Tracheal mite

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Tracheal mite

There are a number of diseases that affect the adult bees. The acarine or tracheal mite (Acarapis woodii) is one of them. In some places it has had a serious economic impact while in others bees have developed a high degree of genetic resistance to the disease.

Tracheal mites are obligate parasites, feeding and reproducing in the breathing tubes (or trachea) of the adult bees. Once the young mites are mature they move out of the breathing tubes to look for a new host bee. Younger bees, hatched for less than three days, are more susceptible to infection than older bees and it was originally believed that the hairs covering the tracheal entrances were much stiffer in older bees preventing them from being infested with the young mites as they moved to new breeding sites. Now however, it is thought most likely that this phenomenon relates to the length of time the mites will have to breed -this will be much longer in a young bee potentially allowing the mites to produce many more offspring and giving them a selective advantage.

Despite the infestation being located in the parts that deliver oxygen to the bees' body tissues, there are frequently no outward signs of the disease even in heavily infested colonies. There are some reports of bees crawling or clustering in front of the hive, appearing confused and disorientated. Some bees may show 'K-wings' although this phenomenon can also be seen in other adult bee diseases. 'K wings' occur where the rows of hooks (or hamuli) holding the bee's wings together have become detached and the wings stick out in the form of a letter K.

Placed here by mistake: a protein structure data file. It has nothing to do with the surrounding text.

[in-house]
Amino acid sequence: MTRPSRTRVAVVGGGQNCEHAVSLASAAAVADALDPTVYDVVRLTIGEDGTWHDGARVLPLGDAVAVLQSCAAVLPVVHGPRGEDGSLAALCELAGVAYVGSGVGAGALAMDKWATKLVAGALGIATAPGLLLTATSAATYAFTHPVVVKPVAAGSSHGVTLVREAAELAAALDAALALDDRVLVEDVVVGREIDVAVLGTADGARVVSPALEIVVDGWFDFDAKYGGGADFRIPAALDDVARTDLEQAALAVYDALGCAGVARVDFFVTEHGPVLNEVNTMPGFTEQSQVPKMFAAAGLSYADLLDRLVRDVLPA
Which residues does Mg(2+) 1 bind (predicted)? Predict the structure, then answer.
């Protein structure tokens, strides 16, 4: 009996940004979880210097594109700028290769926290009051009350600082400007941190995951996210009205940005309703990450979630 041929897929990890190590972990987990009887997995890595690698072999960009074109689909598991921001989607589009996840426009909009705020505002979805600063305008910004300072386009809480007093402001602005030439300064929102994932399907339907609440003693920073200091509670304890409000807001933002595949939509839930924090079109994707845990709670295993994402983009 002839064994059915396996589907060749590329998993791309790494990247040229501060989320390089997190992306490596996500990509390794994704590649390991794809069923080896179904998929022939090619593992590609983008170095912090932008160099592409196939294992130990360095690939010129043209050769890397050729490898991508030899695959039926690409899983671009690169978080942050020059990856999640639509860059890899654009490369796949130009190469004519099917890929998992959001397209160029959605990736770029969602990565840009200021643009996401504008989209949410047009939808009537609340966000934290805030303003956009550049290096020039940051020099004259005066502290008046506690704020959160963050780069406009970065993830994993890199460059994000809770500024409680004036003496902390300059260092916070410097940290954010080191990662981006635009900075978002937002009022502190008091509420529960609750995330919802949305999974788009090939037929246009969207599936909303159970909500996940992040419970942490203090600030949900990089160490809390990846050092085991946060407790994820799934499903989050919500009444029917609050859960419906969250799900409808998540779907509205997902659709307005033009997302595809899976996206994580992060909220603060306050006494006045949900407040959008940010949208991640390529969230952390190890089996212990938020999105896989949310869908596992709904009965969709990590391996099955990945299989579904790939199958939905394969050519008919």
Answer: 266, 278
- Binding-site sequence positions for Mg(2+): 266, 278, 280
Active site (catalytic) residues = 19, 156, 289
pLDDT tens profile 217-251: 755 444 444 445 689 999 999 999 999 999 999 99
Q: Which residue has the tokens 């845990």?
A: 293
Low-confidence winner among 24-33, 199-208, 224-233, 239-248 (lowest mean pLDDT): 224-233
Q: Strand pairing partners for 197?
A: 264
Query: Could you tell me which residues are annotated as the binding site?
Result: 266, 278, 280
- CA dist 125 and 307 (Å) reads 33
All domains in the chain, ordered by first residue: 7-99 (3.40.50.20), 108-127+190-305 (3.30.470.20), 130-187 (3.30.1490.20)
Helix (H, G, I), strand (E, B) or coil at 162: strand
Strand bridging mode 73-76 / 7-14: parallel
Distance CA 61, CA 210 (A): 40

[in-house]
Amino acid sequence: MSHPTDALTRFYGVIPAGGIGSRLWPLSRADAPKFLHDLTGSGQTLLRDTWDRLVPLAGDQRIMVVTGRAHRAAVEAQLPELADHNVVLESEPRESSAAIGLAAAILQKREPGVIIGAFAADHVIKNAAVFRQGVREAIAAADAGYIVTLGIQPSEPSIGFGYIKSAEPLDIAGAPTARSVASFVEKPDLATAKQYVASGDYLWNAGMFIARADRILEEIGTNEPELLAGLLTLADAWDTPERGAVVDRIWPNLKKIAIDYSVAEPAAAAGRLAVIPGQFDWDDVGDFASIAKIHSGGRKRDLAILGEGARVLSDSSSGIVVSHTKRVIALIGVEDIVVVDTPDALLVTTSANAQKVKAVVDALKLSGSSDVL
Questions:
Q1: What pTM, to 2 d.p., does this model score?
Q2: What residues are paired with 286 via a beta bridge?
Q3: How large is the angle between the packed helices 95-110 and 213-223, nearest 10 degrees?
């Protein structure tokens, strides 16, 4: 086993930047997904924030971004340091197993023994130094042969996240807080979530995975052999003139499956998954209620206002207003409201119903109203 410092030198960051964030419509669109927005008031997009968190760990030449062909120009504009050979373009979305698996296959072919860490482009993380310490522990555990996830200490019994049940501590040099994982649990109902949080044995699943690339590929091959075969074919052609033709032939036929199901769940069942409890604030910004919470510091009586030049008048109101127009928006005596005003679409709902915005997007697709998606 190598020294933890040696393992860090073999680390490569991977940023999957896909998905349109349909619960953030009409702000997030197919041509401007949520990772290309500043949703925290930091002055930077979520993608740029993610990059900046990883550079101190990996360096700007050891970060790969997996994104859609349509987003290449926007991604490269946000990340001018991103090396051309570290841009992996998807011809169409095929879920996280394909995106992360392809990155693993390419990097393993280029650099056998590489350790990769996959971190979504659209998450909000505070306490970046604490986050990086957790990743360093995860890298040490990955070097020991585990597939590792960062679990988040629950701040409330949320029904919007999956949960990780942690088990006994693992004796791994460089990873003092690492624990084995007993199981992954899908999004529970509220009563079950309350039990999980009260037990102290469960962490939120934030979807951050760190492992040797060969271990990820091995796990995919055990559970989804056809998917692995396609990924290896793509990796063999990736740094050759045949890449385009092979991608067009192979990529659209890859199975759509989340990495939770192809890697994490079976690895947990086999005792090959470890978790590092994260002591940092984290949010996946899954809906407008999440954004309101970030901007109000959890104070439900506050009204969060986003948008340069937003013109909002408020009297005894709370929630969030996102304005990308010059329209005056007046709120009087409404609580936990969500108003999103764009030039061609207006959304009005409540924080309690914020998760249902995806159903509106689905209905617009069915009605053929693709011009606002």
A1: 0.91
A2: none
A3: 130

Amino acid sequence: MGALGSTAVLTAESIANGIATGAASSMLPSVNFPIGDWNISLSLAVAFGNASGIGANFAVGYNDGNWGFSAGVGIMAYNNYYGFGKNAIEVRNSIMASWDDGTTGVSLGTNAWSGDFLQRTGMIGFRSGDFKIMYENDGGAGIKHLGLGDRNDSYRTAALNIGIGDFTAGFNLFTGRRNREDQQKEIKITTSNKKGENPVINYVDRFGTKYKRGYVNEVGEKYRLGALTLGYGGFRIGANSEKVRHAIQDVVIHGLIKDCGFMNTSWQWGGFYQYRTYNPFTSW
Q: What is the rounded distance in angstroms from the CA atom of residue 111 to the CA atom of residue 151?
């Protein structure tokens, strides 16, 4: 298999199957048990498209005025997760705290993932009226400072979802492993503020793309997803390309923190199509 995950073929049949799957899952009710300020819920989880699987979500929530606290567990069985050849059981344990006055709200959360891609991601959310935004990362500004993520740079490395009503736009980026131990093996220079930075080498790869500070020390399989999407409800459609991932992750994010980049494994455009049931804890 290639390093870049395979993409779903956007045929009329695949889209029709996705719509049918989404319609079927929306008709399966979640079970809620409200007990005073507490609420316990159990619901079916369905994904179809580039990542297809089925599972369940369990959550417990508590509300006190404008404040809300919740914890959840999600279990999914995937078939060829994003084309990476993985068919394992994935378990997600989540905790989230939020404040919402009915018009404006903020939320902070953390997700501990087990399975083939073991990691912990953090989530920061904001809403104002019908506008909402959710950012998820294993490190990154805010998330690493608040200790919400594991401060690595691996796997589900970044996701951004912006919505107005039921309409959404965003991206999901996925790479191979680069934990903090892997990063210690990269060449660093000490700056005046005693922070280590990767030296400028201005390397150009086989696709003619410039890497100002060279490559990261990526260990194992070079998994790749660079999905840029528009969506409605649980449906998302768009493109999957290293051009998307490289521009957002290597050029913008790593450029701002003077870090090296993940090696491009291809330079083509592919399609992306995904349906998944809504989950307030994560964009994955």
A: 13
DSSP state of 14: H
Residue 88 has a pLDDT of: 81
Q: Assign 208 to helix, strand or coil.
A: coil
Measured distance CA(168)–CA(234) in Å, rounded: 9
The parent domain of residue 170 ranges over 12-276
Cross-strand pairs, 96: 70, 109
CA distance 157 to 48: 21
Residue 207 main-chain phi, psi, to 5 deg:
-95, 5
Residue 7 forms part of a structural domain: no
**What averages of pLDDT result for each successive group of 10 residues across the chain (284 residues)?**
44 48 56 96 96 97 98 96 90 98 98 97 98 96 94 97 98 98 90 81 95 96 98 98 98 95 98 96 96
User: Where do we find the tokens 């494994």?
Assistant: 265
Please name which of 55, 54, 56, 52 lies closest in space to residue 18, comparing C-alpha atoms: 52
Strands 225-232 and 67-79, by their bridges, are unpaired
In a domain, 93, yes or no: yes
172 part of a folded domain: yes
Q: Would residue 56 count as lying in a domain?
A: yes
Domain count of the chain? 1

The main consequence of infestation is to shorten the lifespan of the bees during periods of dearth. This may reach the point where the old bees are dying more quickly than they are being replaced and the young brood cannot be looked after sufficiently, both events potentially leading to the colony dying out. Because they are obligate parasites, tracheal mites can only move between colonies as a passenger on a drifting or robbing adult forager. This means that transfer between colonies in slow unless the beekeepers assists it by moving combs between colonies. A hive that is empty of bees will not harbour acarine mites.

The disease is best diagnosed by dissecting the main trachea and looking at it under a microscope (up to x40 magnification). In a healthy bee the trachea appears uniformly creamy-white while in infested bees it is discoloured or stained dark brown. At the higher magnifications (x40) the mites are visible in the breathing tubes. The best control measures are to maintain vigorous, healthy stocks better able to tolerate infestations. Some strains of bee are also more prone to acarine so it is helpful to select strains of bee that appear resistant.

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